i'd say at the minimum they're trying to be a production tool and what they're really trying to do is put post-production compositing out of work. :)

    By Blogger deepstructure, at 1:39 PM  

  • I looked at the site and my question about blur was answered - yes, it's flat plane blur which is non-cinematic.

    Honestly - I think this will end up being more a tool/toy for industrial and television usages and not for cinema. I feel like it is solving something which isn't a major problem. If you look at their sample keys - they're not very good. That's a problem. Yes, they track - but not with any parallax in the backframe, yes the focus changes, but on a flatplane. These are the same problems post has.

    In cinema - anything that can be pushed to post will be - and everything this device does can be done in post. I just don't feel like the cinema industry is hungry for this. News and industrial might eat it up like hotcakes, I don't know.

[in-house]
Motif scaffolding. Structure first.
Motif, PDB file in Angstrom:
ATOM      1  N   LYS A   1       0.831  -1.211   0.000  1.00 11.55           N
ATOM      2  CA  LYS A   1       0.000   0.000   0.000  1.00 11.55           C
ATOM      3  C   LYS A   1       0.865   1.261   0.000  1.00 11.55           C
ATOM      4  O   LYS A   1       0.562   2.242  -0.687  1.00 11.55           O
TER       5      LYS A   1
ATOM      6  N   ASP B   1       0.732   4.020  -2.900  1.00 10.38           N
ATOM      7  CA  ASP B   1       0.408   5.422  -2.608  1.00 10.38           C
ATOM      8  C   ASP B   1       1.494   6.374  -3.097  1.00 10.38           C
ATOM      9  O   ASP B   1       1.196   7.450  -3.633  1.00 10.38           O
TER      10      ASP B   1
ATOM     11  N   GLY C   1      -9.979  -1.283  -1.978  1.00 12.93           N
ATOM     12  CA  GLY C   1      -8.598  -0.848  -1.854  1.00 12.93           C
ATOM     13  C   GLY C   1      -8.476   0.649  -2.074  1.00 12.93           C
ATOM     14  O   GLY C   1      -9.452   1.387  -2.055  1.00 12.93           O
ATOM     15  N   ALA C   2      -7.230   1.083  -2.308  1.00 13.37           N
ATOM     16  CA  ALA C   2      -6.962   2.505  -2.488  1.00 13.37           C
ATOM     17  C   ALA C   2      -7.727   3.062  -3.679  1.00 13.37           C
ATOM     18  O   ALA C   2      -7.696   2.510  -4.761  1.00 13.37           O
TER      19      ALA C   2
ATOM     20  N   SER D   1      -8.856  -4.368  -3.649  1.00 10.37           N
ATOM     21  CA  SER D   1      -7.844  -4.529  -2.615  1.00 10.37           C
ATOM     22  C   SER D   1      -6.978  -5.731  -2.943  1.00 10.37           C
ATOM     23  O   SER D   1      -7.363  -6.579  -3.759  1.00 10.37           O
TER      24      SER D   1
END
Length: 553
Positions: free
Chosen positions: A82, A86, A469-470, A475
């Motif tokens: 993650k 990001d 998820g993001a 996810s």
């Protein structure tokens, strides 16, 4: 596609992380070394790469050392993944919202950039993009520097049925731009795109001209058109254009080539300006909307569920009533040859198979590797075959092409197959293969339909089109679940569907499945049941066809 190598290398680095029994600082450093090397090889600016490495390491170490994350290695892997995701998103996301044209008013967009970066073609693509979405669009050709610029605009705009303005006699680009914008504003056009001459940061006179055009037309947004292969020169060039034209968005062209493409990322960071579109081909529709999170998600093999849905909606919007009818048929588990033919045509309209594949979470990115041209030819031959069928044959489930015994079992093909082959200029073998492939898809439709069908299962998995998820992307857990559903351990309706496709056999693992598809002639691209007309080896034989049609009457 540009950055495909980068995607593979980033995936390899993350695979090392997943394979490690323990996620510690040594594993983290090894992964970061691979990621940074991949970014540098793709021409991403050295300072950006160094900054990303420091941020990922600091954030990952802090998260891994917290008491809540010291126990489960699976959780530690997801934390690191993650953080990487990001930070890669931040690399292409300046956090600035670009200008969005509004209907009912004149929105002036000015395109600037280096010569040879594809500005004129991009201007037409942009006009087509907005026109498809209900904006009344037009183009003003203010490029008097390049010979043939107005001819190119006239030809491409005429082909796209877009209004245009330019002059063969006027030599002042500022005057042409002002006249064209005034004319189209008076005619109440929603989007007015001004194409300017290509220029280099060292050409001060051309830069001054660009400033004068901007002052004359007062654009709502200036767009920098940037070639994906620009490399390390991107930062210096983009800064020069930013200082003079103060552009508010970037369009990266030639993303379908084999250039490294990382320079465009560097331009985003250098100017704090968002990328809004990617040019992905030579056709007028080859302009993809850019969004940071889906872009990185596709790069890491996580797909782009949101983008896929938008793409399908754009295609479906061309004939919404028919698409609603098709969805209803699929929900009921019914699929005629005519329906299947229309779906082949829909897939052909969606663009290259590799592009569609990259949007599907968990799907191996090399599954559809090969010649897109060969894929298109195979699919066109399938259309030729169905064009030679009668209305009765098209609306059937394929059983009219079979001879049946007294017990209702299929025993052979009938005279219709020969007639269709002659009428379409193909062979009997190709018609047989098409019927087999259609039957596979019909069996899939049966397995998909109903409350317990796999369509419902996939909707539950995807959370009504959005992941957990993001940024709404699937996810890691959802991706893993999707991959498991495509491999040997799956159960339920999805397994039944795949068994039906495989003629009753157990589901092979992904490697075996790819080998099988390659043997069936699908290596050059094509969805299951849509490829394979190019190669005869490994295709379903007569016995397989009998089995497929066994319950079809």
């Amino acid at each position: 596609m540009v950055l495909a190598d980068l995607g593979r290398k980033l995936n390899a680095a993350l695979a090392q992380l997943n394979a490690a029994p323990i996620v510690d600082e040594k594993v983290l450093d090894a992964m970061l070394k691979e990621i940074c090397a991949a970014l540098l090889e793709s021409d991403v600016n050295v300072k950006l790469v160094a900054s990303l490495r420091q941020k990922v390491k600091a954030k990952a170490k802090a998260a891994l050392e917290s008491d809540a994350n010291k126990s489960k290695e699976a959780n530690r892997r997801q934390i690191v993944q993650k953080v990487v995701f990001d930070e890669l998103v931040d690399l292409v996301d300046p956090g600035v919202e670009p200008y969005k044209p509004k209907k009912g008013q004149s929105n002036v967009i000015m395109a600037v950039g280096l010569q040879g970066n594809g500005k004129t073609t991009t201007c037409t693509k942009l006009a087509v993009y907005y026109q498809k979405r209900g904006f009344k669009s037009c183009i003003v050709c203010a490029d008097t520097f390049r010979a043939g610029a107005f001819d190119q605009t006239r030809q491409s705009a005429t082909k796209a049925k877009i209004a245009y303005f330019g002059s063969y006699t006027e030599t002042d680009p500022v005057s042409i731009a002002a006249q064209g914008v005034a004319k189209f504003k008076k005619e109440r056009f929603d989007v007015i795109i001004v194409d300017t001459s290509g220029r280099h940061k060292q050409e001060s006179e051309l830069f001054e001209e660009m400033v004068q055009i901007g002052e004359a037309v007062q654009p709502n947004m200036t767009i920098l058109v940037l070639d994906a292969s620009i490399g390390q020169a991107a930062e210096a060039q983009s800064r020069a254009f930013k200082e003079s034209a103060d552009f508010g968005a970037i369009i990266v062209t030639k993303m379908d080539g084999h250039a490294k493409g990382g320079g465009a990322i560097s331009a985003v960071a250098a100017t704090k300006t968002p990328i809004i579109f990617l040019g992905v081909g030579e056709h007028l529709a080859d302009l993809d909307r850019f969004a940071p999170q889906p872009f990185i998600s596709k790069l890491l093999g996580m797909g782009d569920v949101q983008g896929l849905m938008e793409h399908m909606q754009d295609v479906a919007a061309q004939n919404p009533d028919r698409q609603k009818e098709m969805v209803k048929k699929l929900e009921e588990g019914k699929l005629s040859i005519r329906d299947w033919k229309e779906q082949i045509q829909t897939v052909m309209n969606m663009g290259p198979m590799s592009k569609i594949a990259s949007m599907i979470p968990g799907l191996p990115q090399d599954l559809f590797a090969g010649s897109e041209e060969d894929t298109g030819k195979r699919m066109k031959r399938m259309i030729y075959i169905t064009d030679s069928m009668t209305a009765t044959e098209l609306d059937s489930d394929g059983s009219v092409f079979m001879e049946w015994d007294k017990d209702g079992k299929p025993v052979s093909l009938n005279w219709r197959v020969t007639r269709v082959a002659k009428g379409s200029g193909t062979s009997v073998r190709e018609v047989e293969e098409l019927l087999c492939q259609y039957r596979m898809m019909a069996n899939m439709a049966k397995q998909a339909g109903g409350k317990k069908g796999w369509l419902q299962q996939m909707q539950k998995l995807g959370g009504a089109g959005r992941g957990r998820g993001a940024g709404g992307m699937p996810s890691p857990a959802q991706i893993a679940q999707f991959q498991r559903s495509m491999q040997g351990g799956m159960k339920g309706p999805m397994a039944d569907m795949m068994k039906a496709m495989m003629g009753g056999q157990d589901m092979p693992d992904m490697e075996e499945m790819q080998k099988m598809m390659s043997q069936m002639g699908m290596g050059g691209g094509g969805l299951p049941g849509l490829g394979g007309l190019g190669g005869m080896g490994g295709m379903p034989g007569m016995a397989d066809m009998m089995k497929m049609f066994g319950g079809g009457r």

By Blogger The Unknown Filmmaker, at 4:24 PM  

  • Actually, the background defocus is calculated on a per-pixel basis, depending on the 3D background object's distance from the lens and the lens parameters. The video backgrounds shown, however, are playing on a planar 3D element in the 3D scene, and thus defocus like a 2-D element.

    What I need to do is show an example of walking the focus range backwards and forwards through a 3D scene, so that the photographically accurate depth of field calculations are more obvious. I'll add that to our next site update so that it's more clear what we are doing.

    By Blogger Unknown, at 6:20 PM